|Ana-Carla Pereira (EC), Conny Reuter (Solidar)|
and Pavel Trantina (EESC)
Validation and formal recognition (certification) of non-formal and informal learning outcome (VNFIL) is one of the basic ideas in the EU's Lifelong Learning Programme. This means that the competences acquired during play (children), sparetime activities, in work experience or volunteering shall be assessed are potentially as valuable as those acquired and certified in formal education institutions. Though a concept should be presented by all EU member states until 2018 many countries have only done little and civil society - the voice of learners - seems hardly involved at all.
EUCIS-LLL - the platform for European Citizenship and Lifelong Learning - had been advocating for involvment on all levels. EPA participated in prior meetings dealing with this issue.
Solidar is coordinating a European project to push forward and contribute to the implementation of validation of Non-formal and informal learning outcome.
A comprehensive report published by the organisers is freely available.
Several statements seem to deserve EPA's interest:
Ana-Carla Pereira complained that several European countries showed hardly any effort to find ways of implementation. The European Commission was not to push mandatory progress reports but tried to create momentum for the development.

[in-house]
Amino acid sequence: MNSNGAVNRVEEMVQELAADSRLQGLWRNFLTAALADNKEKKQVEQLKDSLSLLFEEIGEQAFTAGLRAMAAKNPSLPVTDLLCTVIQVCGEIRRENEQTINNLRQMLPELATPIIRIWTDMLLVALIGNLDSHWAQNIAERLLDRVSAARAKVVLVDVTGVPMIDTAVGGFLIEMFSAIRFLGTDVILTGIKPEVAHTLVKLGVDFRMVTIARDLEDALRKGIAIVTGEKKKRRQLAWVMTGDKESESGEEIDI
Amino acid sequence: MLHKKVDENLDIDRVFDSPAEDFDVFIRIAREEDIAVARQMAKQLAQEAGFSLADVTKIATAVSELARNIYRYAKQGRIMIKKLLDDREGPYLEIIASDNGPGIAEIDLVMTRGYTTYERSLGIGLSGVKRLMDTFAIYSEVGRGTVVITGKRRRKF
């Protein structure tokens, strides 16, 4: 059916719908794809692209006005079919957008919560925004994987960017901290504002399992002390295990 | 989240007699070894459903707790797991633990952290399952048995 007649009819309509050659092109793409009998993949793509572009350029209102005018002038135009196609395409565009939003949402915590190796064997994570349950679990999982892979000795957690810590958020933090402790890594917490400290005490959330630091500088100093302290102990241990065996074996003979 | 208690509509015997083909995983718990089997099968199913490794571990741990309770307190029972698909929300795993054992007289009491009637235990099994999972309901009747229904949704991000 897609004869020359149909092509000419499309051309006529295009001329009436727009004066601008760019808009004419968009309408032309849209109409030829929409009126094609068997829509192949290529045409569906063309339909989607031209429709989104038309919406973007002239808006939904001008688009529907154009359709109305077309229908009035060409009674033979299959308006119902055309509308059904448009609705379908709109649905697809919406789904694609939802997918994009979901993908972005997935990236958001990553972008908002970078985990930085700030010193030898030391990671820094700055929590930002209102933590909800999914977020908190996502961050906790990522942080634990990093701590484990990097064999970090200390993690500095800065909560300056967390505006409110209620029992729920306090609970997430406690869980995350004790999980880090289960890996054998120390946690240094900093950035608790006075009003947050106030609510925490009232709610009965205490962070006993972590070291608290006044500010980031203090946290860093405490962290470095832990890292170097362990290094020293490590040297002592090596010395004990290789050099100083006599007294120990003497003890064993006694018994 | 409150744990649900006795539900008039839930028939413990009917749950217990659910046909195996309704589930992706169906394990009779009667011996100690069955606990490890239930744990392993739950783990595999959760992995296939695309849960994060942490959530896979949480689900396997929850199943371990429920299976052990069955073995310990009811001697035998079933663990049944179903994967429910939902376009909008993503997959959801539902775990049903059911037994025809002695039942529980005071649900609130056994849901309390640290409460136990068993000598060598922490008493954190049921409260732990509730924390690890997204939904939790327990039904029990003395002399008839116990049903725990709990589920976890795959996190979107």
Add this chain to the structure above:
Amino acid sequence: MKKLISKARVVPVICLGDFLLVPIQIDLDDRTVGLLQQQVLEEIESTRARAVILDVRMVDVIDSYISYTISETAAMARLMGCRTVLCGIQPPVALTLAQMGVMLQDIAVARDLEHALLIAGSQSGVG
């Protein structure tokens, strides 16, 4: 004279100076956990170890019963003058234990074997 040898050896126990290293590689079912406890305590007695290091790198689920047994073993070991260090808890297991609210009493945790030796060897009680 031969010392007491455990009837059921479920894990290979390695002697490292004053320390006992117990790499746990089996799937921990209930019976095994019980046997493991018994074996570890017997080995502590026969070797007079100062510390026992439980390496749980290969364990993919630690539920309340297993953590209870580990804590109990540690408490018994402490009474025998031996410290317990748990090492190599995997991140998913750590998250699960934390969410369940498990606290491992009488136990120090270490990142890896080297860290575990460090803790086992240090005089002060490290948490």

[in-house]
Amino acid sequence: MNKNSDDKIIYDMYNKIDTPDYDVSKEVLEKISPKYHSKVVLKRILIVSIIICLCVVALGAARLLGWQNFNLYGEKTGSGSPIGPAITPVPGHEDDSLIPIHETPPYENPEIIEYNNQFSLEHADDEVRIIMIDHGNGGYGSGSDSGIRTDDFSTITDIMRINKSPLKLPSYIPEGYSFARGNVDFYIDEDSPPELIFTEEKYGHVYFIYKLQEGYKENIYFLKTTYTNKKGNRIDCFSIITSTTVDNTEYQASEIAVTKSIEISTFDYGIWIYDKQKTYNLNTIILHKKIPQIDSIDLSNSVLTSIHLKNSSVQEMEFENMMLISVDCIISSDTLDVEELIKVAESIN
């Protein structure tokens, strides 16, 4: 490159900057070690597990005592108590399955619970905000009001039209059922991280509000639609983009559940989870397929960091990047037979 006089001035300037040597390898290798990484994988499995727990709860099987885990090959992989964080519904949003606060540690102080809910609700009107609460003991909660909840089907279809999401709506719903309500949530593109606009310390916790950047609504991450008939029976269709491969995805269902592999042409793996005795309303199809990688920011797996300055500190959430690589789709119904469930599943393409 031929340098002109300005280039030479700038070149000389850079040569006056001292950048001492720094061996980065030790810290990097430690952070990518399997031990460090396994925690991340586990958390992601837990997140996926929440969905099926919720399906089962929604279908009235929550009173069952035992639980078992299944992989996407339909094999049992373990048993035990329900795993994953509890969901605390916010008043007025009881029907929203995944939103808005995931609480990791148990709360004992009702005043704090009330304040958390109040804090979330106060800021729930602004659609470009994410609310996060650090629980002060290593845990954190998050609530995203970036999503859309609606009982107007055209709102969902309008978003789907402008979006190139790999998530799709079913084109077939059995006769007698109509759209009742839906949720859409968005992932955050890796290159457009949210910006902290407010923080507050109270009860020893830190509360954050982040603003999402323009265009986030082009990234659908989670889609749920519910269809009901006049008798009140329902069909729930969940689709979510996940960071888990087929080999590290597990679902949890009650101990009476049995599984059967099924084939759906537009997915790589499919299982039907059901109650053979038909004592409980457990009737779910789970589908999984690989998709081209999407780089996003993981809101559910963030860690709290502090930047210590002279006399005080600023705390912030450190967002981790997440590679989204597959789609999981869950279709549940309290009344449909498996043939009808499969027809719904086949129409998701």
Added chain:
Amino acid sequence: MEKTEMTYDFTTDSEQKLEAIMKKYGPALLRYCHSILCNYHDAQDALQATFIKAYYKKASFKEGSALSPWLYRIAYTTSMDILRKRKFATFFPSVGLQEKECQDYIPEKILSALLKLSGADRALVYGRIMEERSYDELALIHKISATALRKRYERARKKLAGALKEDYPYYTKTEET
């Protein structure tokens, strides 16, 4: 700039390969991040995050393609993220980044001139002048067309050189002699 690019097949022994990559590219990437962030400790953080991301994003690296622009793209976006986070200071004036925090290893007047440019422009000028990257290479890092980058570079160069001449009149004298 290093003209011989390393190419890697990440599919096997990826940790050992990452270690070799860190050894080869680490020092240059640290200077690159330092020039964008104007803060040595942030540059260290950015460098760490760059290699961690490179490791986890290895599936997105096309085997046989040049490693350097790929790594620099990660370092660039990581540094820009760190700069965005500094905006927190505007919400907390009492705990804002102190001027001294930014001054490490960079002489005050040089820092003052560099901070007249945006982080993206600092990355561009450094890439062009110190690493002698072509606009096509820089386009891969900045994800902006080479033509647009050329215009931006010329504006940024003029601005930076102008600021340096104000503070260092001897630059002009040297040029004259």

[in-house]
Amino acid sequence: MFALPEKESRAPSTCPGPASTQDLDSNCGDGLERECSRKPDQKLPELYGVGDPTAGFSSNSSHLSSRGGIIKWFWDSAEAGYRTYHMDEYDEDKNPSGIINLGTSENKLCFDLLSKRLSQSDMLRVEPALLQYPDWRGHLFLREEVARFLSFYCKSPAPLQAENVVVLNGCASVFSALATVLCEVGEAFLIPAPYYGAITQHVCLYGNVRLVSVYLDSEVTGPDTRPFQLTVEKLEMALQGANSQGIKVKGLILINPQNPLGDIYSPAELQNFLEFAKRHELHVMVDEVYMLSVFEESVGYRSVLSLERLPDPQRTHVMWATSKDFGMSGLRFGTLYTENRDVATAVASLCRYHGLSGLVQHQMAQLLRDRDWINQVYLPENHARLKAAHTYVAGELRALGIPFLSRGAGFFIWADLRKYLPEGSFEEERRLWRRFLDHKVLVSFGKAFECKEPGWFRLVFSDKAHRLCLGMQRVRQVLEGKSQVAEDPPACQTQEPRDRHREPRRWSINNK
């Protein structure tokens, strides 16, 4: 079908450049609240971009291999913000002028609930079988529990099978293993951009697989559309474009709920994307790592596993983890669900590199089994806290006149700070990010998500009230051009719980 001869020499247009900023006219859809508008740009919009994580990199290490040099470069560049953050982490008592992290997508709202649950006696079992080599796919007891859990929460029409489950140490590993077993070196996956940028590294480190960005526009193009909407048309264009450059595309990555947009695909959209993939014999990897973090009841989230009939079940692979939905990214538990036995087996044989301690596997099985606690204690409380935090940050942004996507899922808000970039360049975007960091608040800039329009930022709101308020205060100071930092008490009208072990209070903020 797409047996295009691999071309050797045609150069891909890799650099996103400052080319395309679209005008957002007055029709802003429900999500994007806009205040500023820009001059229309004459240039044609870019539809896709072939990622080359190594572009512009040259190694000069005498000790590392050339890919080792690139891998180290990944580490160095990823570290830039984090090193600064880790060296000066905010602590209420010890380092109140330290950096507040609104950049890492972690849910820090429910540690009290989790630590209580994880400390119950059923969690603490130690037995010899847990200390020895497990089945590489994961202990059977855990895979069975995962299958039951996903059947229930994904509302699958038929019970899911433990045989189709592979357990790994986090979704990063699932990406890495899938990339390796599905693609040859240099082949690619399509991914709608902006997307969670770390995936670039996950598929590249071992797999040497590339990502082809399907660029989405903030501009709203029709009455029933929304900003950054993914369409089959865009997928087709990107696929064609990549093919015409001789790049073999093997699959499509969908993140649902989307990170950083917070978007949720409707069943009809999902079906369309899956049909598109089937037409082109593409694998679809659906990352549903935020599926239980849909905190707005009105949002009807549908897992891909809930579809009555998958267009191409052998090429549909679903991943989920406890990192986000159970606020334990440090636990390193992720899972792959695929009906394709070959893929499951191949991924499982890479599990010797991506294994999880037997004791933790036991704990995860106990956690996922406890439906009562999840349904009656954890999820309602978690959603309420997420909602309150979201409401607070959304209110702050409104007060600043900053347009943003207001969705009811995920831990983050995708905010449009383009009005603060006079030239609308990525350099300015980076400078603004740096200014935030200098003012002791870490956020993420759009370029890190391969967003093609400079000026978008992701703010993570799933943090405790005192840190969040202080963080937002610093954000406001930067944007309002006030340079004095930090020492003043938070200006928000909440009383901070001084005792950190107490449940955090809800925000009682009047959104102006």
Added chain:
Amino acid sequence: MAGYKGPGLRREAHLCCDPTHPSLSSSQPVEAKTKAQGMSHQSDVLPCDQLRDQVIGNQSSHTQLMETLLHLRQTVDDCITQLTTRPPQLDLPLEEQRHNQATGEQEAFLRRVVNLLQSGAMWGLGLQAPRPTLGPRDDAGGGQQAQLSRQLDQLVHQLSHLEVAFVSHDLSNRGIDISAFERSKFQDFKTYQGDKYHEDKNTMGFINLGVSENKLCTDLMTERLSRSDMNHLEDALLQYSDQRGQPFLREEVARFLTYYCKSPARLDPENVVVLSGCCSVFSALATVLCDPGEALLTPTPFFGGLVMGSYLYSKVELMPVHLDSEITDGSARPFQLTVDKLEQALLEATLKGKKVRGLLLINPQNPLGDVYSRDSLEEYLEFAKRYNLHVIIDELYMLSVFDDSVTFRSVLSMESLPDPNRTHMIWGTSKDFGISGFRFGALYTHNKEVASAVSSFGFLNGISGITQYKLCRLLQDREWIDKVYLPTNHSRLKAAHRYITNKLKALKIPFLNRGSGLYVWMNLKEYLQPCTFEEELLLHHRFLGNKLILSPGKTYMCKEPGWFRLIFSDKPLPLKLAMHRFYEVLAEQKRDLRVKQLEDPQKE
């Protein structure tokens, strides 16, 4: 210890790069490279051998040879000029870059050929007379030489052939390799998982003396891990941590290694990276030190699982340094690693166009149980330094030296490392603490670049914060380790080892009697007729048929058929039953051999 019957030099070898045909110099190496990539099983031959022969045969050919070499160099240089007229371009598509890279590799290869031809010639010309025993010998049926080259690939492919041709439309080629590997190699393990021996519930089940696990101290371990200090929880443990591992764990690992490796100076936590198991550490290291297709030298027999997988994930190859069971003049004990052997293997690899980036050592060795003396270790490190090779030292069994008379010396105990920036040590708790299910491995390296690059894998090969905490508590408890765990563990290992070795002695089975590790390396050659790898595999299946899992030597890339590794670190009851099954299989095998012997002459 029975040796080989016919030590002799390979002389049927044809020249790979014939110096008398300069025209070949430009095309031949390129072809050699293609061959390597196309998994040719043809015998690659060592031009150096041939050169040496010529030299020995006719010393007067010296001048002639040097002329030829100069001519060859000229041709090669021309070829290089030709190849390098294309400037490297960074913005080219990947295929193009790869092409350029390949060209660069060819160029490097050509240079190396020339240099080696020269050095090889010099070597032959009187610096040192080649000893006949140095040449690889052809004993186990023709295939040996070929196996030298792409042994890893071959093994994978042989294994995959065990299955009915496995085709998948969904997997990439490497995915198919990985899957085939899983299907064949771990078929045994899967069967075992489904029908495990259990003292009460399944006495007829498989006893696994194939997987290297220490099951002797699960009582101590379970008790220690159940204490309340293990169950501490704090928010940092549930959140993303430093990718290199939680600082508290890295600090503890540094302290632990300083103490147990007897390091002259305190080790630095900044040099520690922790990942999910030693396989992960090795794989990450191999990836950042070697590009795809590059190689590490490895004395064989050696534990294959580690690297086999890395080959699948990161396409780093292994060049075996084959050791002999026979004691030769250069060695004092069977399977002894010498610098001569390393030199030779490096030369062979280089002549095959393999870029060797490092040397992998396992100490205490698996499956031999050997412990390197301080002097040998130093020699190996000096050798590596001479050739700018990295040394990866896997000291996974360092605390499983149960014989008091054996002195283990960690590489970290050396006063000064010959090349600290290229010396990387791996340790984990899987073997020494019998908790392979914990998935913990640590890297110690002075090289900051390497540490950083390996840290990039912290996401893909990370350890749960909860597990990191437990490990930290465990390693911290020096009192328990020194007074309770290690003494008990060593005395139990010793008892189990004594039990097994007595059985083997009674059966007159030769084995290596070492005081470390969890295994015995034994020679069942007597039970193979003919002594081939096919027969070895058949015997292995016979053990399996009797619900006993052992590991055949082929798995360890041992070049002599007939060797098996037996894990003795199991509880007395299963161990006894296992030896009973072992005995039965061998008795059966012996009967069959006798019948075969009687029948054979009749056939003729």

The EC expected differentiated concepts regarding the different phases and purposes of validation. The involvement of all stakeholders was mandatory.
Competence validation should not only focus on employability.
Pavel Trantina referred to his deep commitment to the Scouts-Movement. Validation of competences acquired by volunteering was among his priorities. He referred to the Strasbourg-Process launched in November 2011 and P.A.V.E, the recommendations by the Alliance o the European Year of Volunteering (2011).
He called for more institutional support for volunteering from the European Commission and the European Parliament.
Isabelle Michel spoke on behalf of the employees representing ETUC. She mentioned several examples to show that the purpose of validation needs to be investigated. Validation of specialisation in company is useless if the whole branch collapses and there is no need for this expertise. Validation will only improve employment if vacancies and certificates match. She called for further considerations of the benefits and targeted actions.
David Lopez, representative of Solidar an President of EUCIS-LLL, pointed out that validation was an individual right. It needs to be seen on all EQF-levels and made possible in all sectors. There was a need to reach out for marginalised and disadvantaged groups. Institutions of education need to be prepared for this new opportunity. Full certification of NFIL outcomes had to be implemented.
Robert Plummer spoke on behalf of Business Europe. As Business Europe had not yet defined a position on the topic he gave only some remarks. 75 % of all non-formal learning was provided by employers. Validation was like a letter of recommendation he said – a clear contradiction to the claim for formal certification David Lopez had voiced.
Overall expectations of employers seem to be far away from he claims voiced by stakeholders.
What is relevant for parents?
Parents can benefit from VNFIL as employees and thus develop their professional profiles.
Parents’ organisations who offer parents’ trainings or development programmes should take care to create links to the validation processes. Certificates for trainers from the volunteer organisations are prerequisite to recognition of courses offered by the organisations.